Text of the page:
Why is it important to classify Australian employees and contractors properly?
In Australia, as in many other countries, classifying your contractors and employees correctly is extremely important. The ramifications of a misstep in this area can be severe.
Remember that Australian employees receive desirable privileges that Australian contractors do not — comprehensive benefits and employer-shared payroll taxes, for instance. In many cases, though not all, being an employee rather than a contractor is to the worker’s benefit. However, hiring contractors rather than employees is often to a company’s advantage because the company will not have to provide paid benefits, notice, or severance pay. These conditions can create an incentive for companies to classify employees illegally as contractors, a practice known in Australia as “sham contracting.”
The Australian government, like many others, has implemented financial penalties to ensure fairness for workers and that it receives the payroll taxes it requires. Misclassifying employees as contractors can cost a company thousands of dollars in back taxes and thousands more owed to the workers in compensation for their lost benefits. These added compensations could potentially cost a company millions of dollars, especially if the misclassification involves large numbers of workers or has gone on undetected for years.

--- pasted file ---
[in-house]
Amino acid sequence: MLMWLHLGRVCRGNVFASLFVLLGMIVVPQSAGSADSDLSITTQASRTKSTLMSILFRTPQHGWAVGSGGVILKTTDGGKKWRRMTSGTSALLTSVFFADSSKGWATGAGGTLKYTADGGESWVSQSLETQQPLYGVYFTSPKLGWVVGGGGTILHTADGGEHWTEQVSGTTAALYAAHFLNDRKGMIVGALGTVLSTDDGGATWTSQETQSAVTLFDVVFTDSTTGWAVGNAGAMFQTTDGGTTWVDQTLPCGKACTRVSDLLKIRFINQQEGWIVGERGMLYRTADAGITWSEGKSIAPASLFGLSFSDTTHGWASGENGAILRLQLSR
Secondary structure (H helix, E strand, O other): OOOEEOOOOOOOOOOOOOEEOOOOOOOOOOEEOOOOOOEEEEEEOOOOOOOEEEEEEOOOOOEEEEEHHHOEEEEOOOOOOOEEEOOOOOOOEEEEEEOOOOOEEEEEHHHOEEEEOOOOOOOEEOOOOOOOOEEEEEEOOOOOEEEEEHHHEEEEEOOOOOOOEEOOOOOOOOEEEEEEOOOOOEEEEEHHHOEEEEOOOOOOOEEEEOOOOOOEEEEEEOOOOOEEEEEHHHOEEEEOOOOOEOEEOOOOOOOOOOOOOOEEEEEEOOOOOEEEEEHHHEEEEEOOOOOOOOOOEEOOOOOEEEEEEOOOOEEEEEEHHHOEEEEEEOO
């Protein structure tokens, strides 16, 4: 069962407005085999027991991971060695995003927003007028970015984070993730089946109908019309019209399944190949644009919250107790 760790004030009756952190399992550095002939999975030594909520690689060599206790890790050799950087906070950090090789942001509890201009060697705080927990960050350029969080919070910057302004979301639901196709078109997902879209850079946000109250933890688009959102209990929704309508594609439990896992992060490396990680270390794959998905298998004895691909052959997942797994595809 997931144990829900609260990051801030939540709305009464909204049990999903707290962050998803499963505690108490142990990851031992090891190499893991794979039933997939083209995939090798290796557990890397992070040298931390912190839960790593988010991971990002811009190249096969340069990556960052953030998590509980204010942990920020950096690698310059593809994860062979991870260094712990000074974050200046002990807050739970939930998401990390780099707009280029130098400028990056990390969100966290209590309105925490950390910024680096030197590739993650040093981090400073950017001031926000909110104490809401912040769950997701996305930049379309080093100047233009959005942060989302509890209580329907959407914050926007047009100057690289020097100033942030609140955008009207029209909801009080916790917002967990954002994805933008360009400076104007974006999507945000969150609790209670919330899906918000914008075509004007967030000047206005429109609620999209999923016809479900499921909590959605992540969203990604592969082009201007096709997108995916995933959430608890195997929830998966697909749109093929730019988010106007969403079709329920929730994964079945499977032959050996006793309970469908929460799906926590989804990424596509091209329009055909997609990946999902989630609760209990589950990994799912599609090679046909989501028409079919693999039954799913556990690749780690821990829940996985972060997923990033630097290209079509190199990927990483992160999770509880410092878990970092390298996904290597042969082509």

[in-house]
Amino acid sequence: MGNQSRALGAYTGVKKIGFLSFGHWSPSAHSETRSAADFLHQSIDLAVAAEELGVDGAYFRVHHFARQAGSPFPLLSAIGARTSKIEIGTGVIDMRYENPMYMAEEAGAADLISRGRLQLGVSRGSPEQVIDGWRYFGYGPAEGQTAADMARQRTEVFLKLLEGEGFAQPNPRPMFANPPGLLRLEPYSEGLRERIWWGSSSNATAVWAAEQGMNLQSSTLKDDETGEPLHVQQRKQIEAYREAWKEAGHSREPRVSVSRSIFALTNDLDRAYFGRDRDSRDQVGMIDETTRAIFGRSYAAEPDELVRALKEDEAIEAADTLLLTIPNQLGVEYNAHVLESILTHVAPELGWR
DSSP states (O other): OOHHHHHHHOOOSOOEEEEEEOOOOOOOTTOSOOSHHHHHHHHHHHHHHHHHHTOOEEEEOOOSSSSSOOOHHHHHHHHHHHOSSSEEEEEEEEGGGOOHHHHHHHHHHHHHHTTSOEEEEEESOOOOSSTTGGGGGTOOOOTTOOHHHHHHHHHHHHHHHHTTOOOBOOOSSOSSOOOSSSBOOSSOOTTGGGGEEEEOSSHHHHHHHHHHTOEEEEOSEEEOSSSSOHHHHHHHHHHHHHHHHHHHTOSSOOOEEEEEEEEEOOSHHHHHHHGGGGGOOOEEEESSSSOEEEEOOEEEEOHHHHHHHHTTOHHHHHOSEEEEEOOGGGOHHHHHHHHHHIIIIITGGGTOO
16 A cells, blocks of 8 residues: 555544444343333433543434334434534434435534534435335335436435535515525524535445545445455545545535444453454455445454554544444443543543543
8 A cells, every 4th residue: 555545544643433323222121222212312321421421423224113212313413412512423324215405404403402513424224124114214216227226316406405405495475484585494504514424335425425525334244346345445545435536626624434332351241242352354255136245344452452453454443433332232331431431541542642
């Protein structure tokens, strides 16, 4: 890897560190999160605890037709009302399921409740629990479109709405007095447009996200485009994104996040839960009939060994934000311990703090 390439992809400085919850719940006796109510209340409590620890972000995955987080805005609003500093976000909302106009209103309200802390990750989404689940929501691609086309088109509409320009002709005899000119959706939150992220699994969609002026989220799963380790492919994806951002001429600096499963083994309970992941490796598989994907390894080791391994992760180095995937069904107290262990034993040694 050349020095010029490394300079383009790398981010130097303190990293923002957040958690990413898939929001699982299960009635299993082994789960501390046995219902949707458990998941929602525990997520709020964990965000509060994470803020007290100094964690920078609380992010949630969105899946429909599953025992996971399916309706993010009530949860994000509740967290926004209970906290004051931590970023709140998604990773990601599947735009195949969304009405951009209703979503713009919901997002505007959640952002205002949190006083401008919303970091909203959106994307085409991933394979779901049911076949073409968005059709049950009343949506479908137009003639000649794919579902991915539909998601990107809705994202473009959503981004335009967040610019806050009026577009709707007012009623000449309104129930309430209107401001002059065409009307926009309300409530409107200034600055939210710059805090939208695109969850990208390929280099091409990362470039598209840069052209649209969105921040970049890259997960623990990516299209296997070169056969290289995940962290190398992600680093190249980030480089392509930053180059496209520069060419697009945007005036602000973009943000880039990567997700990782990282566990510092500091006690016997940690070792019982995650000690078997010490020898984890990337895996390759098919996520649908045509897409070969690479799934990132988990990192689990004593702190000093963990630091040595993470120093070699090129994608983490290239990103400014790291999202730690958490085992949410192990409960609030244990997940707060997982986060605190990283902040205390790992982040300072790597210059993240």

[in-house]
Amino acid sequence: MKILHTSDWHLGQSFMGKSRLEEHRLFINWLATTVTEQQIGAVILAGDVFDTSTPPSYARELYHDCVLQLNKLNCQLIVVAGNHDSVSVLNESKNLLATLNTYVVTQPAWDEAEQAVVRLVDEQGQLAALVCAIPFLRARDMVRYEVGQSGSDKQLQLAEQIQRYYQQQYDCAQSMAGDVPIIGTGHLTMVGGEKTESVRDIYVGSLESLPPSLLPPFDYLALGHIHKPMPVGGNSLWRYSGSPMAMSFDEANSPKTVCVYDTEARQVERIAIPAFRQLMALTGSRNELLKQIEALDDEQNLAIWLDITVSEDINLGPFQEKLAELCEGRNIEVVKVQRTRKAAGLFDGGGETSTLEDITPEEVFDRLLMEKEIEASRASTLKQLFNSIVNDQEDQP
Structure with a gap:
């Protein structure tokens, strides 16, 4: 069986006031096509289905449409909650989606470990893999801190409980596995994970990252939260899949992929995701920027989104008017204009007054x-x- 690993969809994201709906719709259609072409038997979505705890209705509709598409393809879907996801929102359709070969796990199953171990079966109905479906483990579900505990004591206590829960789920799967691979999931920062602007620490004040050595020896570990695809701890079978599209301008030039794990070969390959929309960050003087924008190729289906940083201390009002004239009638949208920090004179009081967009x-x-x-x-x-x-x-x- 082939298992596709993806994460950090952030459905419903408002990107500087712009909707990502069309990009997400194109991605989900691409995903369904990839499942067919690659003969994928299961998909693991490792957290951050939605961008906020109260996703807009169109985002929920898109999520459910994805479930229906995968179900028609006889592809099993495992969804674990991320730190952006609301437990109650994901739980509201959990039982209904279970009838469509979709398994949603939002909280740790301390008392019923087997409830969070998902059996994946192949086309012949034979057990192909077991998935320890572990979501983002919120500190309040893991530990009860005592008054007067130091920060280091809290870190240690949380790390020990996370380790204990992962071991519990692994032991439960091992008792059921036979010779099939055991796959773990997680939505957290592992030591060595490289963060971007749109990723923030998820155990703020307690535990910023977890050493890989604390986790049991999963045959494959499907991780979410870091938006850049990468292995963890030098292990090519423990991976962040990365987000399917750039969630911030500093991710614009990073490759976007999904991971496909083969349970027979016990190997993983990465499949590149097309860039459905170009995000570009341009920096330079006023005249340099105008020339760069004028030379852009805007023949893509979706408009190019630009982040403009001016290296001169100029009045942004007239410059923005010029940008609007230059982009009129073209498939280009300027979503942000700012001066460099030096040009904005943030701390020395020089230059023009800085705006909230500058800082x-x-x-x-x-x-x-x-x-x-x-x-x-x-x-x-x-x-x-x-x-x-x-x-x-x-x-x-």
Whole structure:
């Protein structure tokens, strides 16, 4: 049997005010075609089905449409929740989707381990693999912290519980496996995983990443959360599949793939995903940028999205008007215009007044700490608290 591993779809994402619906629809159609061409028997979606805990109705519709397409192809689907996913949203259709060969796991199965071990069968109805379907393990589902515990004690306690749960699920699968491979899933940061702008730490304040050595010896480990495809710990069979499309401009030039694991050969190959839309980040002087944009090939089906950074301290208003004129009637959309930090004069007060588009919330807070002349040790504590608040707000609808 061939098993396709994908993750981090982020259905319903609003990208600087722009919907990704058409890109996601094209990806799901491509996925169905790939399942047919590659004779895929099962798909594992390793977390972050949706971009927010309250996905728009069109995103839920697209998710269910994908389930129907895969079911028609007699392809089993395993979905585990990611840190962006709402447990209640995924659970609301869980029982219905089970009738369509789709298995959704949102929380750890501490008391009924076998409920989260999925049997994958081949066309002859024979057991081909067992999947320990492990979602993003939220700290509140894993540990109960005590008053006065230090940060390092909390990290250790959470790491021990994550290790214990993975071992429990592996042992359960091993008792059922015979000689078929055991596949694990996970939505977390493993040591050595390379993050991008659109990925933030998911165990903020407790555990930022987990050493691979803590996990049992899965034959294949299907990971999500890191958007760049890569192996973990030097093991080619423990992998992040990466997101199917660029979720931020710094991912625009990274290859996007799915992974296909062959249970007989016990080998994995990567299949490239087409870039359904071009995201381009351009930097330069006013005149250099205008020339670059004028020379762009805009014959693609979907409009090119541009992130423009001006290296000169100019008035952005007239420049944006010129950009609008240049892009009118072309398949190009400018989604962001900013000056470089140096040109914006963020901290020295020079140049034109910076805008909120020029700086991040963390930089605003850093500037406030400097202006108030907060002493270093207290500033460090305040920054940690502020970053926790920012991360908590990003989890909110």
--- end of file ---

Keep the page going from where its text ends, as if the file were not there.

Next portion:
To safeguard against financial losses, your company may need to research Australian law thoroughly or speak with tax and employment experts before hiring contractors. However, in many cases, your needs and job expectations genuinely fall into the category of contractor work. In that case, you will need to know how to hire and pay contractors most effectively.
How to hire contractors in Australia
Hiring an independent contractor in Australia requires careful judgment and adherence to the relevant rules and best practices.
Australian independent contractors should have contractor agreements that outline their work, pay, and expectations. The law allows these contracts to be either written or verbal — we recommend strong written contracts for clarity. Independent contractors are not eligible for other forms of Australian employment agreements, such as awards.